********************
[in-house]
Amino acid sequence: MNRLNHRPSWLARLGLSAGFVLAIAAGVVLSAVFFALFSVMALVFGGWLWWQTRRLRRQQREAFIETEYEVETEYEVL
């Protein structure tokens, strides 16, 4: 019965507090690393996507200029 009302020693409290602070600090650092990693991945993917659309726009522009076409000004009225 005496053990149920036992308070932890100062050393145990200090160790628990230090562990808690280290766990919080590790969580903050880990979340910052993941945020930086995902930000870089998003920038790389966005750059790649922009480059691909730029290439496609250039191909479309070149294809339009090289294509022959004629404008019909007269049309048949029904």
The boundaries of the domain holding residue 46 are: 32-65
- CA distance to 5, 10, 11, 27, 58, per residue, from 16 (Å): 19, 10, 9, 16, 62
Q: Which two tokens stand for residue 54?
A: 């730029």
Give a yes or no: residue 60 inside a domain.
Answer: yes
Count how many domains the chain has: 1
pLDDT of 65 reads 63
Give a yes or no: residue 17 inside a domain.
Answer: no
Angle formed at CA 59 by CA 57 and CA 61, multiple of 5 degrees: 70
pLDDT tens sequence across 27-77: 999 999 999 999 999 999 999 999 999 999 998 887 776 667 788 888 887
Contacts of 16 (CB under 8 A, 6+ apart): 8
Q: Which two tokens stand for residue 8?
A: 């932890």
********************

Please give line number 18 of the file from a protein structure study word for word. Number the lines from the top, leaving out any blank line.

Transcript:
A: 């932890």